Grímsvötn Ice Shelf Drop Indicates Imminent Subglacial Outburst Flood Skip to content
The Glaciological Society's spring trip to Grímsvötn on Vatnajökull glacier.
Photo: The Glaciological Society’s spring trip to Grímsvötn on Vatnajökull glacier..

Grímsvötn Ice Shelf Drop Indicates Imminent Subglacial Outburst Flood

The ice shelf above the subglacial lake Grímsvötn has dropped by almost 60 cm[23 in]. This indicates that a glacial run-off flood from Grímsvötn is imminent. Such floods occur regularly, and although they have in the past set off volcanic eruptions, at the moment, there is no seismic activity indicating a threat of eruption.

The Department of Civil Protection and Emergency Management’s Scientific Advisory Board met today to discuss the situation in Grímsvötn. The ice shelf over Grímsvötn has dropped by almost 60 cm[23 in] in the past few days, at an increasing speed. This would suggest that water is flowing from Grímsvötn and that we can expect a glacial run-off flood in Gígjukvísl river in southeast Iceland, not far from Skaftafell.

Based on earlier floods, the Met Office expects this one to surface at the glacier’s edge in the next two days and reach its peak 4-8 days later. At the moment, there’s no increase in Gígjukvísl river’s electrical conductivity, but an increase in electrical conductivity is the clearest indicator that a glacial run-off flood has begun. The Met Office also has gas detectors in place at the river’s source that would show when floodwater from the glacier is in the river.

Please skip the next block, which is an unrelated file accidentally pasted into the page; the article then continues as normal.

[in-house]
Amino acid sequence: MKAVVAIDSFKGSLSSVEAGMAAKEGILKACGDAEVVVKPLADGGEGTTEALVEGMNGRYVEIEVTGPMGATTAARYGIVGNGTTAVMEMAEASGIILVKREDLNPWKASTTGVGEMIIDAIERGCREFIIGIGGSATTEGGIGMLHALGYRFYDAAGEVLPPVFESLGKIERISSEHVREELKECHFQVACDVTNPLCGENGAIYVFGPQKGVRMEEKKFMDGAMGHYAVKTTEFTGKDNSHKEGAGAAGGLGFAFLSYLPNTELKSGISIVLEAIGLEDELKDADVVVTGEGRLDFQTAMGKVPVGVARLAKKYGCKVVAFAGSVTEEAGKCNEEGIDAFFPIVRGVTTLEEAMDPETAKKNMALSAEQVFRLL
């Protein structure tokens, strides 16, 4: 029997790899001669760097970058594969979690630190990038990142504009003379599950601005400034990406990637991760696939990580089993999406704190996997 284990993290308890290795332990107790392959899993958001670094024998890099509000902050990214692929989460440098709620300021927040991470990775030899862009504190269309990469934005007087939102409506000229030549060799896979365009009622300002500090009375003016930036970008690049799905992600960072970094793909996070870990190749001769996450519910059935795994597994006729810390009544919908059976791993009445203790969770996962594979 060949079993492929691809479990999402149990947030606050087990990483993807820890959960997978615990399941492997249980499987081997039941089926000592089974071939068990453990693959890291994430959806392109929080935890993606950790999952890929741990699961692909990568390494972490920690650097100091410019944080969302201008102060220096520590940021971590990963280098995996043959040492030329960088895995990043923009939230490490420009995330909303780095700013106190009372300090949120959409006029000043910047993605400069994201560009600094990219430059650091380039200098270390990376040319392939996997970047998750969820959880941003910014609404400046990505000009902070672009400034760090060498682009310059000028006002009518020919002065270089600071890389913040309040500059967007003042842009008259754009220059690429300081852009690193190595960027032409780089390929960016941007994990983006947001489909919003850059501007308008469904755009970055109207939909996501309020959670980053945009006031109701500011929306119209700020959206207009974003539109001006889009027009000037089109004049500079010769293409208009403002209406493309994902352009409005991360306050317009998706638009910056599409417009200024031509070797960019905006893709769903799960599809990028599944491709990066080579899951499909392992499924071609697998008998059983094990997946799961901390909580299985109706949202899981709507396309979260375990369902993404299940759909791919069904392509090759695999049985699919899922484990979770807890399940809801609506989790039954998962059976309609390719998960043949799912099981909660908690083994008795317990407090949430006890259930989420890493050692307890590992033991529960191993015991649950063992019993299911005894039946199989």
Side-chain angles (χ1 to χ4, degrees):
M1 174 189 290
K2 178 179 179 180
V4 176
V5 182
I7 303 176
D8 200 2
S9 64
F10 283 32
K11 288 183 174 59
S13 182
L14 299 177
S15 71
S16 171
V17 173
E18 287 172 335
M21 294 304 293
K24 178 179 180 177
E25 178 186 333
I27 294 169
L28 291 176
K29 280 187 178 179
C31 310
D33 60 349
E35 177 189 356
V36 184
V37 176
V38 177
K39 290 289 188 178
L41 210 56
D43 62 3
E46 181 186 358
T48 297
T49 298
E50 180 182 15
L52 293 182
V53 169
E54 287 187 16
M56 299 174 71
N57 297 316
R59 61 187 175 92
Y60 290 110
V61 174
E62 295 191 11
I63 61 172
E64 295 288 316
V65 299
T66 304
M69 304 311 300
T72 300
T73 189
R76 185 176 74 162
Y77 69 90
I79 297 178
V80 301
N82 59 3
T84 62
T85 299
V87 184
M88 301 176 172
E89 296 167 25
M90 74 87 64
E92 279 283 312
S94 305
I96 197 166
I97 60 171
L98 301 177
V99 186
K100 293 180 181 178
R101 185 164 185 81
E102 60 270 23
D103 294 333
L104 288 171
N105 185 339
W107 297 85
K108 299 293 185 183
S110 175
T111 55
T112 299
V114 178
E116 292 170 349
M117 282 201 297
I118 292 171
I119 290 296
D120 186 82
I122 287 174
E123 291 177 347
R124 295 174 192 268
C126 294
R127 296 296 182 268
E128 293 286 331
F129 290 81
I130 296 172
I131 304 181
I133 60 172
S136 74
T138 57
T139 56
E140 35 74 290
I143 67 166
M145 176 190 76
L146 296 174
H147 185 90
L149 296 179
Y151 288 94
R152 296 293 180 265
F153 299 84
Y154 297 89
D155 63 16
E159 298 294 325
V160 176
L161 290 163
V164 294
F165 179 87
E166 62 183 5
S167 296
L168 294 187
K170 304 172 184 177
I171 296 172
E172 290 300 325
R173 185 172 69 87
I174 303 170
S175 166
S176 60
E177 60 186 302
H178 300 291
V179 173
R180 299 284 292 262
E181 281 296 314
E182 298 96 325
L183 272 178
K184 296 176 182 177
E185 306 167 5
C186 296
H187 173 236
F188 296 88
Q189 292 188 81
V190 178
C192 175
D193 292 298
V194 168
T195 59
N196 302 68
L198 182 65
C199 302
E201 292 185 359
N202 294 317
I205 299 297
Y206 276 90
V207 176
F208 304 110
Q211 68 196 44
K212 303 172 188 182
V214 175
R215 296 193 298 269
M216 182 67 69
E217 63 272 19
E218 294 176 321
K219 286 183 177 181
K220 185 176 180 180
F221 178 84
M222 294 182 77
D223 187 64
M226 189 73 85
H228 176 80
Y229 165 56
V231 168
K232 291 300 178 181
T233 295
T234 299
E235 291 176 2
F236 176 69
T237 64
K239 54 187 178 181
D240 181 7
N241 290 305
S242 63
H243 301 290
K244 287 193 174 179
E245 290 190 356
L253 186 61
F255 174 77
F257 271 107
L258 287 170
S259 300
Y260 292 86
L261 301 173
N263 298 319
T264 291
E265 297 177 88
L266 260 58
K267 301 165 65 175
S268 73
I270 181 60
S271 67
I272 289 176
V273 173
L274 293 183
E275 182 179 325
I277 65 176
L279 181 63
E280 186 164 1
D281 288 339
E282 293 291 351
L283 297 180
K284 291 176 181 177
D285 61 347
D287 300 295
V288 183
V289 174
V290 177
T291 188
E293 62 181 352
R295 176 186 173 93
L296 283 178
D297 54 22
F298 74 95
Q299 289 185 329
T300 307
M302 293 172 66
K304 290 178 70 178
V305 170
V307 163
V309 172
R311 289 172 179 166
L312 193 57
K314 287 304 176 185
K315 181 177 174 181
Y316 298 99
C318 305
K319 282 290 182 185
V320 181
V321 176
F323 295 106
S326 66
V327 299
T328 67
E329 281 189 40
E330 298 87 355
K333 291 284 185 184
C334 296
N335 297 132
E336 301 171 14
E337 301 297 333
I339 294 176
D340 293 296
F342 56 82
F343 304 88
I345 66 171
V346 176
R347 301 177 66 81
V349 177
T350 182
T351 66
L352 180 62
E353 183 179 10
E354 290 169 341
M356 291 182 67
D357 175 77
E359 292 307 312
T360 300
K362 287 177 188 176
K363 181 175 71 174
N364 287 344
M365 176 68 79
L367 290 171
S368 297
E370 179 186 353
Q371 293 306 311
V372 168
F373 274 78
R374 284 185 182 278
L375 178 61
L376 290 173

The current Grímsvötn water levels would mean that the flood’s maximum flow was 5000 m3/s. A flood of that size is not likely to affect structures such as roads or bridges, although it is still too early to calculate the size of the flood.

It has happened before that a Grímsvötn glacial run-off flood is followed by a Grímsvötn eruption, the sudden loss of pressure when the water surface drops setting off the eruption. This last occurred in 2004, before that in 1934 and 1922. In 2004, a glacial run-off flood began on Oct 28, following a series of earthquakes indicating an impending eruption, which began three days later. No such seismic activity has been detected now. The last Grímsvötn eruption was in 2011.

The Met Office will continue to monitor the situation.

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